Under Section 337 of the Tariff Act, 19 U.S.C. § 1337, the ITC is authorized to halt importation of goods into the United States if it finds their production is the result of unfair trade practices and the importation substantially injures a domestic industry. As a result, the ITC is a frequent destination for patent and trademark plaintiffs, sometimes in parallel with district court actions. Although it cannot award money damages in the initial investigation, ITC proceedings are faster than district court cases – often litigated to judgment in under two years – and the exclusion order is enforced by U.S. Customs and Border Protection. ITC decisions do not have preclusive effect, but are persuasive and, as a practical matter, often afforded deference. Thus, one strategy against importers that are subject to personal jurisdiction is to sue in the ITC and in district court, and to then move to stay the district court action until the ITC resolves the dispute.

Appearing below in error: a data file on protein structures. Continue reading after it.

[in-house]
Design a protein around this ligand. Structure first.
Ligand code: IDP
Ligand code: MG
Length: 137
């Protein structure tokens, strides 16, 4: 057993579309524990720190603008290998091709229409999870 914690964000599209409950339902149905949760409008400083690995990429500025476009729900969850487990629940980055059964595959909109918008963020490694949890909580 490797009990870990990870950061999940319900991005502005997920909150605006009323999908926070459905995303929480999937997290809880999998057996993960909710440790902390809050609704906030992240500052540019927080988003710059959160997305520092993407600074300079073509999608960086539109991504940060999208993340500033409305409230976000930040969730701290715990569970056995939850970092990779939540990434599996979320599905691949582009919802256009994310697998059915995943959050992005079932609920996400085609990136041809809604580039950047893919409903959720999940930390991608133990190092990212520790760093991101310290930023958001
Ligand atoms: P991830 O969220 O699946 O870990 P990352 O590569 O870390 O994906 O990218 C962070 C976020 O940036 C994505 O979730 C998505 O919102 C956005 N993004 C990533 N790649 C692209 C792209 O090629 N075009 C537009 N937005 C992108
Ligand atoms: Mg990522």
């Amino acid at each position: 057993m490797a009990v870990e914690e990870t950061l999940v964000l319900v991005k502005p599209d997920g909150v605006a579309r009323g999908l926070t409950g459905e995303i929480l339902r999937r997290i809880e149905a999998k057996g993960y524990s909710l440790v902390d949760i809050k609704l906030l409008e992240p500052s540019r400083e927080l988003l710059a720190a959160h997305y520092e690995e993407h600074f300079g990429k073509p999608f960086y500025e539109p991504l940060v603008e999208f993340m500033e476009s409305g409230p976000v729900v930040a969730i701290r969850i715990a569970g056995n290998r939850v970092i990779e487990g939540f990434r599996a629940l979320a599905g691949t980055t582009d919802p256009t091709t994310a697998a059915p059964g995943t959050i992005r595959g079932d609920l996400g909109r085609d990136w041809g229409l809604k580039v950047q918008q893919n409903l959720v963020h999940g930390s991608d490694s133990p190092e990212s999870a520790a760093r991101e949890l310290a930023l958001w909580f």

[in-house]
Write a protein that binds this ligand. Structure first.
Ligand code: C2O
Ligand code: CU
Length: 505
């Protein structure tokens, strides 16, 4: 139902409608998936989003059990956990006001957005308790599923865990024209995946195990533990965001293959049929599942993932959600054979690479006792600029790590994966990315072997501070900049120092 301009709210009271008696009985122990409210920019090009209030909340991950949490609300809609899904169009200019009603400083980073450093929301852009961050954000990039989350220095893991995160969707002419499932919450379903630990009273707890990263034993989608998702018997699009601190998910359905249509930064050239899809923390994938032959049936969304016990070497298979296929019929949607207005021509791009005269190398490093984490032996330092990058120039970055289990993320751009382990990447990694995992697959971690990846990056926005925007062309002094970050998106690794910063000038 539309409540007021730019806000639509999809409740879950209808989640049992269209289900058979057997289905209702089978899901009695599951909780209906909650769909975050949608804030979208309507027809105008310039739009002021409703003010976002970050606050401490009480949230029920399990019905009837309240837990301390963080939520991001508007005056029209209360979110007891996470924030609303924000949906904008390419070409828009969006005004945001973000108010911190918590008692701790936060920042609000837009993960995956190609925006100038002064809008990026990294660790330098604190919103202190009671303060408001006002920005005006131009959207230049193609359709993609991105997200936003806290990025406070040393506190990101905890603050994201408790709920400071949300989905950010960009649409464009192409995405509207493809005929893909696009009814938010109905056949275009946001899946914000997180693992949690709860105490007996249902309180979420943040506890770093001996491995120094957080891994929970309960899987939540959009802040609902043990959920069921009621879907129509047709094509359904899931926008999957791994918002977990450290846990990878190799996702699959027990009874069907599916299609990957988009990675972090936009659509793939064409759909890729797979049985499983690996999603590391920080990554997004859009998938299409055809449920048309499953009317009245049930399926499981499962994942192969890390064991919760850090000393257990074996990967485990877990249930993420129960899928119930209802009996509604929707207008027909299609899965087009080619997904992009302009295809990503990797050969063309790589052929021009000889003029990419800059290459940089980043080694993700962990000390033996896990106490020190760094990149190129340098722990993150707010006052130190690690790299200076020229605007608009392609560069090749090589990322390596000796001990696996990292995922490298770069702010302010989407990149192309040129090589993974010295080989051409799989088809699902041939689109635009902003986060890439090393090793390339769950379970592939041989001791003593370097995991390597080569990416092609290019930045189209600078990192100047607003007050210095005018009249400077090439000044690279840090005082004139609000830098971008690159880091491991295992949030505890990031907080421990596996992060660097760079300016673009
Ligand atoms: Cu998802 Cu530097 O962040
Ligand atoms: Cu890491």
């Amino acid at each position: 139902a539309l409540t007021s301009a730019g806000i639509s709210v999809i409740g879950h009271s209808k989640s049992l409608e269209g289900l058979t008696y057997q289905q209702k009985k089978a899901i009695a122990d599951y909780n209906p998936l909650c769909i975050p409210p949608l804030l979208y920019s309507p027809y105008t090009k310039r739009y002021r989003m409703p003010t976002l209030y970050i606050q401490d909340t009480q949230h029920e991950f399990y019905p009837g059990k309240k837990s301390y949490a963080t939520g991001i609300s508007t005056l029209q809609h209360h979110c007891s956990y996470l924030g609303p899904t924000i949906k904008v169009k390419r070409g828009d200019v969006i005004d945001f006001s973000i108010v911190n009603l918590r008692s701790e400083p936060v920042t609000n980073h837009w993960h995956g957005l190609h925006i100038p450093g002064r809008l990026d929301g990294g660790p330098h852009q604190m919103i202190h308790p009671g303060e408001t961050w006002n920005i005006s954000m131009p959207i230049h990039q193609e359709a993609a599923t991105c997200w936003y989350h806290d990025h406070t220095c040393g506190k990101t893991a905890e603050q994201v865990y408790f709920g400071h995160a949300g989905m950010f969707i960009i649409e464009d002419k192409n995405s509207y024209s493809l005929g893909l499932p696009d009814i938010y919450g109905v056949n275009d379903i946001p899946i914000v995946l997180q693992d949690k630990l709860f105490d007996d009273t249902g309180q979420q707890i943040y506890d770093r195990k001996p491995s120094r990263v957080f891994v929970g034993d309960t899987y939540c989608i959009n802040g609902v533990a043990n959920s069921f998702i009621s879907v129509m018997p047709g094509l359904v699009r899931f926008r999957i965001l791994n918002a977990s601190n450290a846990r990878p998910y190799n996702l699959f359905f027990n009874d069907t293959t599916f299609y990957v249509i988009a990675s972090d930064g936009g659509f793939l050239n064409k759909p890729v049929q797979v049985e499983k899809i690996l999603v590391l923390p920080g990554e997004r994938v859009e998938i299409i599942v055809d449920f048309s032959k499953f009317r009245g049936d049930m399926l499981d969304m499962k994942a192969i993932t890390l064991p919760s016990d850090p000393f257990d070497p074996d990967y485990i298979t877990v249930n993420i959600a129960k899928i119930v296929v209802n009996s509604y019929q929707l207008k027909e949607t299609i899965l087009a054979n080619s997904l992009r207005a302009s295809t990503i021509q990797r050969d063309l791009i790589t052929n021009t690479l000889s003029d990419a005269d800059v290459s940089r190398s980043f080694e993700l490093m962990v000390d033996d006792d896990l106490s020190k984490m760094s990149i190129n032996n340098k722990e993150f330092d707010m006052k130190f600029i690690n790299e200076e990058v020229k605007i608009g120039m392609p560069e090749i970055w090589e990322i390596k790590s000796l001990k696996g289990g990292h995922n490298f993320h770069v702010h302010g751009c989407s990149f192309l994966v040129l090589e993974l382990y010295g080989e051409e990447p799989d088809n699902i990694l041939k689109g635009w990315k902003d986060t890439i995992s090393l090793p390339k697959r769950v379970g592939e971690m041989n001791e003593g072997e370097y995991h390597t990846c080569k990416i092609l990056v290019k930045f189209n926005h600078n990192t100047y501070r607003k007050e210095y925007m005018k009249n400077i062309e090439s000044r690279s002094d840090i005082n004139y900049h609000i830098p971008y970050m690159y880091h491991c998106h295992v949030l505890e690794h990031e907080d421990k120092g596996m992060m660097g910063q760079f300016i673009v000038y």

The ITC is also an attractive forum against foreign defendants with no American presence because the ITC has in rem jurisdiction over goods imported into the United States. Therefore, the complainant may file in the ITC to keep goods out of the United States even if the importing entity is not subject to personal jurisdiction in the United States or is unknown.

The ITC applied Illinois law* in finding that TianRui misappropriated Amsted's trade secrets. The ITC then issued an exclusion order prohibiting the importation of TianRui's competing products into the United States. TianRui appealed to the Federal Circuit arguing that Congress did not intend for Section 337 to apply where the acts of misappropriation occurred entirely outside the United States. The Federal Circuit, in a split panel decision, disagreed and affirmed the ITC decision. The Federal Circuit reasoned that Section 337, like immigration laws designed to bar the admission of an alien who has engaged in particular conduct overseas, is designed not to punish the unfair trade practices, but to keep the infringing goods out of the United States.